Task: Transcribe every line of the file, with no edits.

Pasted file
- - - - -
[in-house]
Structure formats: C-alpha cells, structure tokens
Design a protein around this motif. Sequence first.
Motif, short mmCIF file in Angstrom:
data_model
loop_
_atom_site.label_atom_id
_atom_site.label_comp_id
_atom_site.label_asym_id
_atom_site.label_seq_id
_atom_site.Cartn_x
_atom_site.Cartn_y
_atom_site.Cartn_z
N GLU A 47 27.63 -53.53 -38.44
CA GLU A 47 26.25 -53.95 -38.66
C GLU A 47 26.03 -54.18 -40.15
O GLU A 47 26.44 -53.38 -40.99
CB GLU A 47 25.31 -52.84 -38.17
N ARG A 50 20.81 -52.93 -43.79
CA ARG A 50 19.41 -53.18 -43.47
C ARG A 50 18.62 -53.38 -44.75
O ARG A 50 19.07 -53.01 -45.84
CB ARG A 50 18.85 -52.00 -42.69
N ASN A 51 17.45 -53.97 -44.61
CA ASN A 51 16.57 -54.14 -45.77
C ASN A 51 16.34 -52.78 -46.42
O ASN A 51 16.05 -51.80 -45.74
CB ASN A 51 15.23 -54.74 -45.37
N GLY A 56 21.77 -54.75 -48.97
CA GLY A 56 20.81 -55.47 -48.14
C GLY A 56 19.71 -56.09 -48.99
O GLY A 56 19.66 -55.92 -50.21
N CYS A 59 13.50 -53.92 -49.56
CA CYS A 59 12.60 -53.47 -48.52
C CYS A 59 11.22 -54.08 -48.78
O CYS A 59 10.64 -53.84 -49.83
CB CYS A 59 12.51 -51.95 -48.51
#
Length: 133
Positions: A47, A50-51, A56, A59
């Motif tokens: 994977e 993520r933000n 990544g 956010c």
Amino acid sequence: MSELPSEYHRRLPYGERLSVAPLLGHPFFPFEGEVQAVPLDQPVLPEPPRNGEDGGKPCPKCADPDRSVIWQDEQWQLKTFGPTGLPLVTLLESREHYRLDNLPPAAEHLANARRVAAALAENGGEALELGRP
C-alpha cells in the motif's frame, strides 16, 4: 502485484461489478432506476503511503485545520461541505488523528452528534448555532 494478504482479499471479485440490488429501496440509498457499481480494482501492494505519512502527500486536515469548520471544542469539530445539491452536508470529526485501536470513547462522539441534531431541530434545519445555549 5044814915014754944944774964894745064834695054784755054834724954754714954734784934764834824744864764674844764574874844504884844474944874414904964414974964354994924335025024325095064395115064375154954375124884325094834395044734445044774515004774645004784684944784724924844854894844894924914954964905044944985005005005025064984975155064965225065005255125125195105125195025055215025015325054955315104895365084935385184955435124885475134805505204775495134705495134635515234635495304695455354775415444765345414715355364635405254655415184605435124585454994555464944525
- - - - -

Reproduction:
[in-house]
Structure formats: C-alpha cells, structure tokens
Design a protein around this motif. Sequence first.
Motif, short mmCIF file in Angstrom:
data_model
loop_
_atom_site.label_atom_id
_atom_site.label_comp_id
_atom_site.label_asym_id
_atom_site.label_seq_id
_atom_site.Cartn_x
_atom_site.Cartn_y
_atom_site.Cartn_z
N GLU A 47 27.63 -53.53 -38.44
CA GLU A 47 26.25 -53.95 -38.66
C GLU A 47 26.03 -54.18 -40.15
O GLU A 47 26.44 -53.38 -40.99
CB GLU A 47 25.31 -52.84 -38.17
N ARG A 50 20.81 -52.93 -43.79
CA ARG A 50 19.41 -53.18 -43.47
C ARG A 50 18.62 -53.38 -44.75
O ARG A 50 19.07 -53.01 -45.84
CB ARG A 50 18.85 -52.00 -42.69
N ASN A 51 17.45 -53.97 -44.61
CA ASN A 51 16.57 -54.14 -45.77
C ASN A 51 16.34 -52.78 -46.42
O ASN A 51 16.05 -51.80 -45.74
CB ASN A 51 15.23 -54.74 -45.37
N GLY A 56 21.77 -54.75 -48.97
CA GLY A 56 20.81 -55.47 -48.14
C GLY A 56 19.71 -56.09 -48.99
O GLY A 56 19.66 -55.92 -50.21
N CYS A 59 13.50 -53.92 -49.56
CA CYS A 59 12.60 -53.47 -48.52
C CYS A 59 11.22 -54.08 -48.78
O CYS A 59 10.64 -53.84 -49.83
CB CYS A 59 12.51 -51.95 -48.51
#
Length: 133
Positions: A47, A50-51, A56, A59
């Motif tokens: 994977e 993520r933000n 990544g 956010c």
Amino acid sequence: MSELPSEYHRRLPYGERLSVAPLLGHPFFPFEGEVQAVPLDQPVLPEPPRNGEDGGKPCPKCADPDRSVIWQDEQWQLKTFGPTGLPLVTLLESREHYRLDNLPPAAEHLANARRVAAALAENGGEALELGRP
C-alpha cells in the motif's frame, strides 16, 4: 502485484461489478432506476503511503485545520461541505488523528452528534448555532 494478504482479499471479485440490488429501496440509498457499481480494482501492494505519512502527500486536515469548520471544542469539530445539491452536508470529526485501536470513547462522539441534531431541530434545519445555549 5044814915014754944944774964894745064834695054784755054834724954754714954734784934764834824744864764674844764574874844504884844474944874414904964414974964354994924335025024325095064395115064375154954375124884325094834395044734445044774515004774645004784684944784724924844854894844894924914954964905044944985005005005025064984975155064965225065005255125125195105125195025055215025015325054955315104895365084935385184955435124885475134805505204775495134705495134635515234635495304695455354775415444765345414715355364635405254655415184605435124585454994555464944525